I have therefore decided to venture out of the philosophical armchair in order to examine the empirical evidence, as gathered by psychologists aiming to prove or disprove motivational conjectures like mine. By and large, this evidence is indirect in relation to my account of agency, since it is drawn from cases in which the relevant motive has been forced into the open by the manipulations of an experimenter. The resulting evidence doesn’t tend to show the mechanism of agency humming along (...)
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  15.  74
    Simulation, Self-Extinction, and Philosophy in the Service of Human Civilization.Jeffrey White - 2016 - AI and Society 31 (2):171-190.
  16. Self, No Self?: Perspectives From Analytical, Phenomenological, and Indian Traditions.Mark Siderits, Evan Thompson & Dan Zahavi (eds.) - 2010 - Oxford University Press.
    It is time to bring the rich resources of these traditions into the contemporary debate about the nature of self. This volume is the first of its kind.
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  17. Self-Awareness and Alterity: A Phenomenological Investigation.Dan Zahavi - 1999 - Northwestern University Press.
    ... Let me start my investigation by taking a brief look at the way in which self-awareness is expressed linguistically, as in the sentences "I am tired" or ...
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  18.  36
    The Self as Agent.John MacMurray - 1957 - London: Faber.
    At the heart of Macmurray's work is his attempt to reverse the proposition of philosophy of the modern period that posits the self as thinker withdrawn from action and essentially isolated from the world about which it reflects. Macmurray labored to recast the role of philosophy in the service of a more fulfilling and basic personal communion with others, with the world, and ultimately with God. Indeed, it can be said that Macmurray's philosophy is really a (...)
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  19. Problems of the Self.Bernard A. O. Williams - 1973 - Cambridge University Press.
    A volume of philosophical studies, centred on problems of personal identity and extending to related topics in the philosophy of mind and moral philosophy.
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  20.  11
    Self-Consciousness and the Philosophy of Mind.Dieter Sturma - 1995 - Proceedings of the Eighth International Kant Congress 1:661-674.
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  21.  46
    Philosophy of Change and the Deconstruction of Self in the Zhuangzi.youru wang - 2000 - Journal of Chinese Philosophy 27 (3):345–360.
  22. Self and Other: Exploring Subjectivity, Empathy, and Shame.Dan Zahavi - 2014 - Oxford University Press.
    Dan Zahavi engages with classical phenomenology, philosophy of mind, and a range of empirical disciplines to explore the nature of selfhood. He argues that the most fundamental level of selfhood is not socially constructed or dependent upon others, but accepts that certain dimensions of the self and types of self-experience are other-mediated.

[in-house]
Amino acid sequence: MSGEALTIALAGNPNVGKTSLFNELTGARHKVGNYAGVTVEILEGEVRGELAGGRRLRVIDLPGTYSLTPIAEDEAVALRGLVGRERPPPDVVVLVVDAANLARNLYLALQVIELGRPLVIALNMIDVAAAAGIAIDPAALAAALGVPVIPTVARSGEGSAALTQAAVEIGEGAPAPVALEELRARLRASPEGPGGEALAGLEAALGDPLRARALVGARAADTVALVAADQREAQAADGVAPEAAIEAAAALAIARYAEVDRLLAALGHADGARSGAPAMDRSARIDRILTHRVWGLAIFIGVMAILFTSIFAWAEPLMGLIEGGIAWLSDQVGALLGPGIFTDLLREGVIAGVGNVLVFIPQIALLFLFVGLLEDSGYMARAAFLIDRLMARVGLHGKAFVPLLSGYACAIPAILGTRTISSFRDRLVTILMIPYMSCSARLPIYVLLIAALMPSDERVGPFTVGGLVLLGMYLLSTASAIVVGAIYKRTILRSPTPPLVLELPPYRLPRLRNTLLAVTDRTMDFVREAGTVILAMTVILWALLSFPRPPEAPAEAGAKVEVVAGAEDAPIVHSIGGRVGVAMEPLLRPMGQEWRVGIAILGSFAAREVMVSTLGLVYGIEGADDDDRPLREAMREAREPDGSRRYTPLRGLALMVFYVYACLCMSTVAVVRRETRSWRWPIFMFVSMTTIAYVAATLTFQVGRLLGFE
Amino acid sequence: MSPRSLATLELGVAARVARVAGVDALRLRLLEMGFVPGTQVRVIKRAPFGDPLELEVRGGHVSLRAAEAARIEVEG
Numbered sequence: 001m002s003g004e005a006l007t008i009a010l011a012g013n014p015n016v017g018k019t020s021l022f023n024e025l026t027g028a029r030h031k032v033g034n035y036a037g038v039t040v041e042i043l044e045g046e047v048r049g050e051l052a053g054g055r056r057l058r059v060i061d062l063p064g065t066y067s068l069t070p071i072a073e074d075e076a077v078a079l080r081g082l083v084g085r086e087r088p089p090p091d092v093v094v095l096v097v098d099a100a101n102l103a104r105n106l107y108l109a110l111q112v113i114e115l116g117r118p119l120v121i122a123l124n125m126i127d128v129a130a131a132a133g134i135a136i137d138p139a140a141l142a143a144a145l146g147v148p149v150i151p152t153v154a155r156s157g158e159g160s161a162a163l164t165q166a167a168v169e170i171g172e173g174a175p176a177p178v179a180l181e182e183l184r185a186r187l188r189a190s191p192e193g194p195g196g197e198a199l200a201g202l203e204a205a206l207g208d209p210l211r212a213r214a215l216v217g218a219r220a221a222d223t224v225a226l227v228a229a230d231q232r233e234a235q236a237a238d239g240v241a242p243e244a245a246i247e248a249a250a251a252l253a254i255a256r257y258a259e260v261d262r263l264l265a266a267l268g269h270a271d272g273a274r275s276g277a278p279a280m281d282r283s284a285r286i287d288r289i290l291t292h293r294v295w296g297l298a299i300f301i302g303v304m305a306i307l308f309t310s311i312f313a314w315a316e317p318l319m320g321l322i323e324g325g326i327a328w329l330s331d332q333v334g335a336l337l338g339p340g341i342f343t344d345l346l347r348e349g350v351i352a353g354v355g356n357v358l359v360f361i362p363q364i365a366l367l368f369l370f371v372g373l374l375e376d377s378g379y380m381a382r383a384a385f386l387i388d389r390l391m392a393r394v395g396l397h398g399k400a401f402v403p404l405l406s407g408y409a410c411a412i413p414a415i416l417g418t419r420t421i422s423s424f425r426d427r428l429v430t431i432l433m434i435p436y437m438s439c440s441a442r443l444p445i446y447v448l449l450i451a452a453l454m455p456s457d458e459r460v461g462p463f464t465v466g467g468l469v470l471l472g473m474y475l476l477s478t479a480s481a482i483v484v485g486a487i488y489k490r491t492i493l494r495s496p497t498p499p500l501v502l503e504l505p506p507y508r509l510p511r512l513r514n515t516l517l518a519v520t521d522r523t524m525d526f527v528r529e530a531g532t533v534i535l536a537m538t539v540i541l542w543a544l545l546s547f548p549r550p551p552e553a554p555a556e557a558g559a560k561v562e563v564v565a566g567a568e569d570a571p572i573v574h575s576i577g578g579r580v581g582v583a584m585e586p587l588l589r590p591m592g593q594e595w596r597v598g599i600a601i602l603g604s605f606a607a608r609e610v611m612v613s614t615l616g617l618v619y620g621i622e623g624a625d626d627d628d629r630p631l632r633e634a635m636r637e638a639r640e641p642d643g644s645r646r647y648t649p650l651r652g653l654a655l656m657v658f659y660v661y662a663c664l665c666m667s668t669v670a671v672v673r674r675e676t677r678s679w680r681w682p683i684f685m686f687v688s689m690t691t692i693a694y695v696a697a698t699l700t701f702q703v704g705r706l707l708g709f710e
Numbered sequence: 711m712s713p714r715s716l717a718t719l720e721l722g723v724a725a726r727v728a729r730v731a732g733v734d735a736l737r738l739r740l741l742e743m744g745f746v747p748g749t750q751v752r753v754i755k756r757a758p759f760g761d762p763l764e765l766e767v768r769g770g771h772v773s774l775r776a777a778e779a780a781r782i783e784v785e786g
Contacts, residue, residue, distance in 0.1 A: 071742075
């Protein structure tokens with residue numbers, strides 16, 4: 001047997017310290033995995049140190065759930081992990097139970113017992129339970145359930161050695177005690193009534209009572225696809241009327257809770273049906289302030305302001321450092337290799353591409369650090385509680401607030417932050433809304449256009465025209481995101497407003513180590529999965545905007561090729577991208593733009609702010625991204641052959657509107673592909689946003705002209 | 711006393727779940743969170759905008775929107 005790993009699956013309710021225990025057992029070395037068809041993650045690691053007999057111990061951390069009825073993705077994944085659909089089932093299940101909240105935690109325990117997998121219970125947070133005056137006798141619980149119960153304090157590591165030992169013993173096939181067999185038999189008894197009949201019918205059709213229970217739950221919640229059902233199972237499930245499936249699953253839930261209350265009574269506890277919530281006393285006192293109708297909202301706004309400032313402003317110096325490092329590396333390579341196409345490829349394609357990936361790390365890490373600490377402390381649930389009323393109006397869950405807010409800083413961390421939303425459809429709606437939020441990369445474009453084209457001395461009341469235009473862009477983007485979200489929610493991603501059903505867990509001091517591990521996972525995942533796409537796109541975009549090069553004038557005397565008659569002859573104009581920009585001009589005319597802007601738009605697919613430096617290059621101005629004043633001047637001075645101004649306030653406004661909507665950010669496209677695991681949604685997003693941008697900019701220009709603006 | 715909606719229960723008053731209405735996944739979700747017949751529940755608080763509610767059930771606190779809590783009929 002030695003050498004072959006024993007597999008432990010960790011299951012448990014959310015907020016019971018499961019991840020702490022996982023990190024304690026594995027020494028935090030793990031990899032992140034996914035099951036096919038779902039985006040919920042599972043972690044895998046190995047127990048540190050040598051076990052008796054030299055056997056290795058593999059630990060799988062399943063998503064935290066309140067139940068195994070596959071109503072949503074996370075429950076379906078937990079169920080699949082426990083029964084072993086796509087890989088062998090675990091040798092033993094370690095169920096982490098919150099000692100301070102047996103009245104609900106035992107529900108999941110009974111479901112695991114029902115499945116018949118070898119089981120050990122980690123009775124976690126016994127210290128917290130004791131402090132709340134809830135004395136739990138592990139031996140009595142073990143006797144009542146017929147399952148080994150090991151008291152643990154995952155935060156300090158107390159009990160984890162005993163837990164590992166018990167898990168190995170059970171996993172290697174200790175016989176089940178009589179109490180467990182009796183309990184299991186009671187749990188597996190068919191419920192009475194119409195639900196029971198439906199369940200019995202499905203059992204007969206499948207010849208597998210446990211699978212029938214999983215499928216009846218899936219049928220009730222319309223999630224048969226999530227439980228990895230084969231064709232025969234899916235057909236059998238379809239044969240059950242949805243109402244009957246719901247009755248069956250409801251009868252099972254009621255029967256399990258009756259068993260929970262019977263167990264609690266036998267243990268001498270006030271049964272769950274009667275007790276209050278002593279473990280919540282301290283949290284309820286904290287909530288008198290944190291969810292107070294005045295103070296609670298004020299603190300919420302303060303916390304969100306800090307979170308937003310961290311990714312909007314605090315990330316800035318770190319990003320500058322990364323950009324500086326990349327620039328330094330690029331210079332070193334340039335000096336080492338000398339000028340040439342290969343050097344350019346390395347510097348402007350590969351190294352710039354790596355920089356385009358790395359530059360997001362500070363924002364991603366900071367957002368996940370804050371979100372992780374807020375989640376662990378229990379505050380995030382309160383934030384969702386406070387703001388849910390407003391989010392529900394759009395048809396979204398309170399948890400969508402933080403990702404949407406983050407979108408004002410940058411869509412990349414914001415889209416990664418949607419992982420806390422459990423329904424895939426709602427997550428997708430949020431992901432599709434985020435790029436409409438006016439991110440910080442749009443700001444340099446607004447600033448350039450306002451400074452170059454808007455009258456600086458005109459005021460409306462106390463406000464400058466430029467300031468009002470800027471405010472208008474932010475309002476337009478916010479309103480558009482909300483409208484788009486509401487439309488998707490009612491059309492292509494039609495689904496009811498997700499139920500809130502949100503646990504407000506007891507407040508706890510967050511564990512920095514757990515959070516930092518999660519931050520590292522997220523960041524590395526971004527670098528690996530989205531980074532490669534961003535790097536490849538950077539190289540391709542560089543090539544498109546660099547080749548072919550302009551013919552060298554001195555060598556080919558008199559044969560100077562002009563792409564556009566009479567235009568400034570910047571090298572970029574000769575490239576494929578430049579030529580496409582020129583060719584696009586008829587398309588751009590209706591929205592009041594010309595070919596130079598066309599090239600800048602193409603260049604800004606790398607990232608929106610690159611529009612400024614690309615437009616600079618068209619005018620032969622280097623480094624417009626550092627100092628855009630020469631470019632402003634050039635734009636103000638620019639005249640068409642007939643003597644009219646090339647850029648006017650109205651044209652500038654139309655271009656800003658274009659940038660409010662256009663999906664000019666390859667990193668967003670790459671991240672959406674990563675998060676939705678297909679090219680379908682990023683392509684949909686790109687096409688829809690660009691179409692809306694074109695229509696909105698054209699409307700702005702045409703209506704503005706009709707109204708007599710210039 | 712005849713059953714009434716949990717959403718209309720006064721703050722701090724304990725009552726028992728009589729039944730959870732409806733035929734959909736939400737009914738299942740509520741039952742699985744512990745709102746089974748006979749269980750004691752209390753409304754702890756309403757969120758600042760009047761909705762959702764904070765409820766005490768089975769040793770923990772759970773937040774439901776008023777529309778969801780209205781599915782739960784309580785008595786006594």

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  23.  19
    Socratic Self-Knowledge in Early Modern Philosophy.Ursula Renz - 2017 - In Renz, Ursula . Socratic Self-Knowledge in Early Modern Philosophy. In: Renz, Ursula. Self-Knowledge. Oxford: Oxford University Press, 146-163.
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  24.  15
    Philosophy and the Care of the Self: A Literature Survey. [REVIEW]Stan van Hooft - 2002 - Sophia 41 (1):89-134.
    This article reviews a number of recent books and practices that address a renewed interest in the role that philosophy might play in the living of a rich and fulfilling life. The review looks at books addressed to the general public as well as books which discuss such classical and Hellenistic philosophers as took their task to be helping people achieve happiness in life. It then turns to contemporary studies of the self and of wisdom and turns finally (...)
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  25.  28
    Philosophy as Self-Transformation: Shusterman's Somaesthetics and Dependent Bodies.Talia Welsh - 2014 - Journal of Speculative Philosophy 28 (4):489-504.
    Part of Nietzsche’s blistering attack against Western morality is the argument that it stems from a lack of self-control that the weak have. Since the moralist cannot control and direct his own sexuality, he creates a “universal” set of moral values to be imposed externally on everyone. Despite the enchanting diversity of life, moralists prefer drab worlds of absolutes to help bolster their weak-willed selves: “Let us finally consider how naïve it is altogether to say: ‘Man ought to be (...)
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  26. Self-Locating Uncertainty and the Origin of Probability in Everettian Quantum Mechanics.Charles T. Sebens & Sean M. Carroll - 2016 - British Journal for the Philosophy of Science (1):axw004.
    A longstanding issue in attempts to understand the Everett (Many-Worlds) approach to quantum mechanics is the origin of the Born rule: why is the probability given by the square of the amplitude? Following Vaidman, we note that observers are in a position of self-locating uncertainty during the period between the branches of the wave function splitting via decoherence and the observer registering the outcome of the measurement. In this period it is tempting to regard each branch as equiprobable, but (...)
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  27.  4
    Book Review: Jo-Ann Pilardi. Simone de Beauvoir Writing the Self: Philosophy Becomes Autobiography. Westport, Connecticut: Greenwood Press, 1998. [REVIEW]Ursula Tidd - 1999 - Hypatia 14 (4):182-183.